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Hilliard, Ohio - December 15, 2006: Hancor, Inc, one of the nation's largest producers of corrugated high density polyethylene (HDPE) pipe used in the public highway storm water drainage market, applauds recent action by the Federal Highway Administration (FHWA) to change its national "construction and maintenance" regulation applying to the use of alternative types of pipe on Federal-aid highway projects. The regulatory change, which becomes effective today – December 15, 2006 was made to ensure that state departments of transportation (DOTs) provide for competition in their specifications of types of storm water drainage pipe, thus promoting greater efficiencies and cost-saving in the use of transportation tax dollars.

"We commend the FHWA for bringing its pipe regulatory policy up-to-date," said Hancor's President and CEO Joe Chlapaty. "The old regulation only served to limit choices and did not reflect the realities of today's competitive pipe marketplace. By promoting greater competition, the new rule should lead to significant savings for taxpayers on increasingly expensive public infrastructure projects. We believe the Federal government's renewed attention to competition in this area can also bring greater focus on the many benefits offered by HDPE pipe products."

The government's regulatory change is being made in the context of the need to find additional ways to stretch limited taxpayer dollars devoted to highway and bridge improvements around the country. While federal highway investments have increased over the years, the recent spikes in the prices of steel, cement and other commodities have seriously decreased the purchasing power of those dollars. Requiring robust competition among alternative construction products and materials – including those in drainage – is seen by government agencies like the FHWA as one of the best ways to create efficiencies and reduce costs.

Therefore, it was seen as an anomaly of the modern highway regulatory landscape for there to remain on the books a wholly outdated 32-year-old provision – exclusive to pipe – that set out arbitrary limits on acceptable choices of types of pipe to be used on various aspects of highway projects. By eliminating this provision (Appendix A to subpart D of 23 CFR 635 – "Summary of Acceptable Criteria for Specifying Types of Culvert Pipes") the FHWA said that pipe competition requirements will now become equal to the much broader competition requirements applying to all highway construction materials.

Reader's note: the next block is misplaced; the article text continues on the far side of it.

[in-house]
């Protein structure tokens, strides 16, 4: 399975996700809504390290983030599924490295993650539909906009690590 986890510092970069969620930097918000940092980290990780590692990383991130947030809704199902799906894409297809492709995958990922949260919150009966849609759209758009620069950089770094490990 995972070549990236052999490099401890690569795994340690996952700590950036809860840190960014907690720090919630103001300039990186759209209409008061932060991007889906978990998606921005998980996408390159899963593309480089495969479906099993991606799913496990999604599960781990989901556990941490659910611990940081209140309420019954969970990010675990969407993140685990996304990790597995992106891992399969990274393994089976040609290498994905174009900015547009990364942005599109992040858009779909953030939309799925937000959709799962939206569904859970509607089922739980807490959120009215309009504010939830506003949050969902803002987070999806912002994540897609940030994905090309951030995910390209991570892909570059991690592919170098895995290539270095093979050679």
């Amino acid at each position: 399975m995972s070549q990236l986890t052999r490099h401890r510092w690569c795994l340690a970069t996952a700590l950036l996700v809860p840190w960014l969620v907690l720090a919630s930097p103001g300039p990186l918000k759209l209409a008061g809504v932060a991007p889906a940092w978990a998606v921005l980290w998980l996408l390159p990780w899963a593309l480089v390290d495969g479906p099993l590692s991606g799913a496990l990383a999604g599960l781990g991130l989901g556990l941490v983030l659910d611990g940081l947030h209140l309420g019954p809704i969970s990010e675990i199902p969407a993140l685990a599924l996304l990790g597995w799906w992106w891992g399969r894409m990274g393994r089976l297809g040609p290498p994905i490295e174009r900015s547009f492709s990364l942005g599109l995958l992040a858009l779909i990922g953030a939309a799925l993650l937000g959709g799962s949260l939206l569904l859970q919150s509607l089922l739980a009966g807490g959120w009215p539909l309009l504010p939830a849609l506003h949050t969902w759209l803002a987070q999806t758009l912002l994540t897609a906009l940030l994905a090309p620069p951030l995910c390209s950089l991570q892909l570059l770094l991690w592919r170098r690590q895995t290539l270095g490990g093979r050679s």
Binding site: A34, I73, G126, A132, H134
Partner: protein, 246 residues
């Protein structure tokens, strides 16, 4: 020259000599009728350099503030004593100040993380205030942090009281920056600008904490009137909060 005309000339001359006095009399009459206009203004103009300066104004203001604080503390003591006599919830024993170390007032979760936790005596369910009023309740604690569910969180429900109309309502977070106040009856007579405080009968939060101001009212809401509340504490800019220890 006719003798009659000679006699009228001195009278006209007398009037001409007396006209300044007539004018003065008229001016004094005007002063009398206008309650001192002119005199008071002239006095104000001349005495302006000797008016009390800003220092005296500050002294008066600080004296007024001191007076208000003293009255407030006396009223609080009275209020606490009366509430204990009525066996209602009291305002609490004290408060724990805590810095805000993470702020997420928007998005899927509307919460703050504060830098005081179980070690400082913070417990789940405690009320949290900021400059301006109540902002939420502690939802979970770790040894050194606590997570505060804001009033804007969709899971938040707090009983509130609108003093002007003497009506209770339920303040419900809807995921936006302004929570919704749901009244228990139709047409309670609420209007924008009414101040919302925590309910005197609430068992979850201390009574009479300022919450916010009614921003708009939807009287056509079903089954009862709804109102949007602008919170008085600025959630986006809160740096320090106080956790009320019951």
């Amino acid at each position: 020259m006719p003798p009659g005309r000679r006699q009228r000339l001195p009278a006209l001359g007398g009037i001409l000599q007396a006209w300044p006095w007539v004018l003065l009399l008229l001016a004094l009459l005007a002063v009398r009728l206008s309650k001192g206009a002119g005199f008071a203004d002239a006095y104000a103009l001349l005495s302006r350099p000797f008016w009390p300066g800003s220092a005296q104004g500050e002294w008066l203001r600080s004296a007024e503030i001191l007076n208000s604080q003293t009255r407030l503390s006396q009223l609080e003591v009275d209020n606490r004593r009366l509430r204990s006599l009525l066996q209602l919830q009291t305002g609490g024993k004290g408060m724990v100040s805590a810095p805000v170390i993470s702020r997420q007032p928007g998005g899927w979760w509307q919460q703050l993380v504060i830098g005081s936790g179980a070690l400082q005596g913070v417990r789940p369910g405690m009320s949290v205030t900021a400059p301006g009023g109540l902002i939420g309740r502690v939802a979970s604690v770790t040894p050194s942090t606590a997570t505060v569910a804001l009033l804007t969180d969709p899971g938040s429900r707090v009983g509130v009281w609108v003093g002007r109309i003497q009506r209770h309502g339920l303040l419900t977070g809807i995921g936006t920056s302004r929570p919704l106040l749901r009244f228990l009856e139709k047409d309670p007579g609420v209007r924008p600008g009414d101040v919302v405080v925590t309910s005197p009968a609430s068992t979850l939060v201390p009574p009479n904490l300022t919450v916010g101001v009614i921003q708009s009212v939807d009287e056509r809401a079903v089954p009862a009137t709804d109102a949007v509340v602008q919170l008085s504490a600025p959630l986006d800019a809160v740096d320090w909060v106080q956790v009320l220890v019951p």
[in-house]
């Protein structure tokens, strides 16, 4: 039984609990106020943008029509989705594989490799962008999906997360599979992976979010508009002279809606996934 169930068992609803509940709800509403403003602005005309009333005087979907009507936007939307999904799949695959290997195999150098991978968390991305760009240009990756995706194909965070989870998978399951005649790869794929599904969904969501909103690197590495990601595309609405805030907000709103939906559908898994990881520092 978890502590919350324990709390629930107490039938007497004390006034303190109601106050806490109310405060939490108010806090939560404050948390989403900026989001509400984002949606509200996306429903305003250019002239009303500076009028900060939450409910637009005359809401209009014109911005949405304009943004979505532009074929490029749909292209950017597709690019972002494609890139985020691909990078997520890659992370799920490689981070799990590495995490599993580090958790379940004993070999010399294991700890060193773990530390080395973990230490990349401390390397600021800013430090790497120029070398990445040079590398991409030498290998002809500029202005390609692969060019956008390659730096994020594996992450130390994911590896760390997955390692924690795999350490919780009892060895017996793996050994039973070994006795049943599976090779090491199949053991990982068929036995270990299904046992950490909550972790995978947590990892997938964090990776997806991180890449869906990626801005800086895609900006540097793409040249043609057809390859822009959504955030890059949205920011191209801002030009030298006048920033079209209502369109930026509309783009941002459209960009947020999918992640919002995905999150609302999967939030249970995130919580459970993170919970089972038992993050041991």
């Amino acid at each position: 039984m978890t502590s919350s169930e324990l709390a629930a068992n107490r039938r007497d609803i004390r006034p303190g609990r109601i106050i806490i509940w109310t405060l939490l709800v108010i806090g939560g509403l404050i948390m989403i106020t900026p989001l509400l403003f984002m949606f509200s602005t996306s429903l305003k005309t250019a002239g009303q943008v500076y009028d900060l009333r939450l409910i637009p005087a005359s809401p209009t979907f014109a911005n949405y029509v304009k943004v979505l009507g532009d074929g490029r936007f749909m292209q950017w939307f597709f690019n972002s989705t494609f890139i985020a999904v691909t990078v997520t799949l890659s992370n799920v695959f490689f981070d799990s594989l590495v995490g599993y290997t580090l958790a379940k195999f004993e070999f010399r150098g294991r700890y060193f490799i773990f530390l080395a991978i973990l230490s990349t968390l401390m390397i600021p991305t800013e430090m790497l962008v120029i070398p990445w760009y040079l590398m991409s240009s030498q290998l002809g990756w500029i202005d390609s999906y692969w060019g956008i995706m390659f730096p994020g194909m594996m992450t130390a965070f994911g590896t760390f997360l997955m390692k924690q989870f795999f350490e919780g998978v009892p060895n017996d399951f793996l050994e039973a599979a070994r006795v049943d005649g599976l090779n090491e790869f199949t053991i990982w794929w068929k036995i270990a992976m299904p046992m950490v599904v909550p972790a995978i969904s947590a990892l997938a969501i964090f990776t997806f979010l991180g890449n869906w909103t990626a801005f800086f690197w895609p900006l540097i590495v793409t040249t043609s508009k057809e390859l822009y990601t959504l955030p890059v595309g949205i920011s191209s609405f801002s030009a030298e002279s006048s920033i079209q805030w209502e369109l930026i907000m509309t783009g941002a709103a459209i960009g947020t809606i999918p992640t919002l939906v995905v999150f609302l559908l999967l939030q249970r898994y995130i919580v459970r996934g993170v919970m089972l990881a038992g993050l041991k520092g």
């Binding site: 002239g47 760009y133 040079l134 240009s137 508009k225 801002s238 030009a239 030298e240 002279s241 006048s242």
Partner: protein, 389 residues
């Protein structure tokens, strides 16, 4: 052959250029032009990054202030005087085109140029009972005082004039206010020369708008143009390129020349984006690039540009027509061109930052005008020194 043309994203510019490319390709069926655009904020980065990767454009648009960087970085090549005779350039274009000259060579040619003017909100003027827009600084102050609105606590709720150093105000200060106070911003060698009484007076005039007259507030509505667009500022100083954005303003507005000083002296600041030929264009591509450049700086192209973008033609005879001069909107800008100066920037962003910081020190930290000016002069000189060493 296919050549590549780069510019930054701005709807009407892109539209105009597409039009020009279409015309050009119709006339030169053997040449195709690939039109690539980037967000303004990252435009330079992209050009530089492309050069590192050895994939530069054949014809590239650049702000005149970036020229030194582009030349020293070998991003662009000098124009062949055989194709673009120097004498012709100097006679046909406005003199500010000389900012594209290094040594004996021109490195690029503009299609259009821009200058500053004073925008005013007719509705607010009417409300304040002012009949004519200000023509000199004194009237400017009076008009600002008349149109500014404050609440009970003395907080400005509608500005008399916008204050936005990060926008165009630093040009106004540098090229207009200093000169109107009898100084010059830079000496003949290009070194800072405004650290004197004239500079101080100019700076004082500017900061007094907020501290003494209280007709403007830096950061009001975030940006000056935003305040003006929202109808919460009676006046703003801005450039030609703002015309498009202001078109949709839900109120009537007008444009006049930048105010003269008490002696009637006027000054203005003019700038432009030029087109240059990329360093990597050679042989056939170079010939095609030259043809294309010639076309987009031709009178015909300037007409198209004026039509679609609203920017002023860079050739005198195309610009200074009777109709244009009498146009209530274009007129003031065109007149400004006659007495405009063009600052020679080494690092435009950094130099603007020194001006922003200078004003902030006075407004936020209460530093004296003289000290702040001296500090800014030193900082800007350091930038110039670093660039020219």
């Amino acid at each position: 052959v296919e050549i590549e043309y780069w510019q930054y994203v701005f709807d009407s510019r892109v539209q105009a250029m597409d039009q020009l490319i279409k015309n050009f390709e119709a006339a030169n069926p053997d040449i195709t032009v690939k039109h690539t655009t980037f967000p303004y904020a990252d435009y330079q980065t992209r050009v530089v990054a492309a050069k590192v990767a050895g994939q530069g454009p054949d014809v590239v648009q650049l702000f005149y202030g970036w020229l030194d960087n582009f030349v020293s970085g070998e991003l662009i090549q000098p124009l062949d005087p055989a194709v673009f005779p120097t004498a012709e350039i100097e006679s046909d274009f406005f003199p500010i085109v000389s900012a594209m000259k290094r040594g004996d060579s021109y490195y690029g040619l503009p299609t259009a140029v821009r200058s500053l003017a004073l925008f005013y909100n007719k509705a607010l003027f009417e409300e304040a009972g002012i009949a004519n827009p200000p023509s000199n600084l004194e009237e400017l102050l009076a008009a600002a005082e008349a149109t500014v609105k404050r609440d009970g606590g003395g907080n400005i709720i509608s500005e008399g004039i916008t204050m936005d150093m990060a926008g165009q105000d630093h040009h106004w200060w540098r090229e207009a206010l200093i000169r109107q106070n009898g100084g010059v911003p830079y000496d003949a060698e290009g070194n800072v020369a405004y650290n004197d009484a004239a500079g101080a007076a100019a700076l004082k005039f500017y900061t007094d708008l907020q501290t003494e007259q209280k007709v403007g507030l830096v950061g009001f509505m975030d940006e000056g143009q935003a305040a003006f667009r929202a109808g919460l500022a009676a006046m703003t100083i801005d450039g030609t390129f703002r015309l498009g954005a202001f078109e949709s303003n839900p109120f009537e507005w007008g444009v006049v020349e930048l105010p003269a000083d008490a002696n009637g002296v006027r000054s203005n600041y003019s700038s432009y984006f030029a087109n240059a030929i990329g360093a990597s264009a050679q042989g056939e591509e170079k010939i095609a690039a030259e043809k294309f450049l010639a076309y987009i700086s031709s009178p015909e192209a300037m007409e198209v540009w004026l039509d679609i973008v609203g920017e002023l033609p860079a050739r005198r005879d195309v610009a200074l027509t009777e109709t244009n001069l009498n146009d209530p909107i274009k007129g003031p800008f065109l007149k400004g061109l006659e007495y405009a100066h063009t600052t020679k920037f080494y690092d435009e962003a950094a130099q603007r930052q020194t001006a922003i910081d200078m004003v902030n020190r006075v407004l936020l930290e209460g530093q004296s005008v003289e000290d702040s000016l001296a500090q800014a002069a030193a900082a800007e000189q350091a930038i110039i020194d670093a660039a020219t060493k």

As the FHWA noted, the old regulation was codified in 1974 at a time when the culvert materials market consisted of only two materials-reinforced concrete pipe and corrugated steel pipe. At that time, state DOTs were constrained because national materials specifications were limited to these two materials and it was difficult for new pipe manufacturers to enter the public transportation marketplace. Today the marketplace is drastically different, and national materials specifications are now available for numerous additional products and materials like HDPE, PVC, and corrugated aluminum among many others. FHWA clearly did the right thing by acknowledging these changes in bringing its competition requirements for pipe in line with the same requirements for all other construction materials.

Hancor applauds this change and welcomes the federal government's enhanced focus on competition among drainage materials in the context of promoting efficiencies in highway construction. The company has worked hard over the years to introduce its cost-efficient HDPE products into the highway construction arena – meeting with considerable success in some states, but also with arbitrary resistance in others. Too often, it has seemed, outdated perspectives on approaching highway drainage solutions, epitomized by the old regulation, had become entrenched in the thinking and actions of many state and local public works officials.

"We believe the new regulation will make an important difference," Chlapaty said. "It clearly has the potential, if implemented properly, to bring a new burst of dynamic energy into the highway drainage market, especially in those states that have been more resistant to such competition in the past. We look forward to working with federal and state officials to assist in any way in the implementation of the new rule, thus ensuring that fair and level competition among alternative drainage materials becomes the norm in all states."

Notice about the new Federal highway pipe regulation was published in the Federal Register on November 15. It noted that the change was being made pursuant to the Safe, Accountable, Flexible, Efficient Transportation Equity Act: A Legacy for Users (SAFETEA-LU), the federal surface transportation law passed by Congress in August 2005. A provision of the law required the Secretary of Transportation to take steps to ensure that States provide for competition in the specification of alternative types of culvert pipe used on Federal-aid highway projects. A notice of proposed rulemaking seeking public comment was published by the FHWA in April 2006 and Hancor was among several entities in the drainage industry endorsing the regulatory change.

Hancor is a solutions provider. One of the nation's largest suppliers of storm water management systems, Hancor manufactures a wide variety of plastic drainage products for the commercial, residential, construction and agricultural markets. Hancor was founded in 1887 in Findlay, Ohio and operates manufacturing facilities and service centers across the country.

For more information call 1-888-FOR PIPE (367-7473).


For more information, please contact:
Ms. Tori L. Durliat, Hancor, Inc.
Corporate Manager of Marketing and Communications
401 Olive St.
Findlay, OH 45840
Phone: 419-424-8275
E-mail: tdurliat@hancor.com


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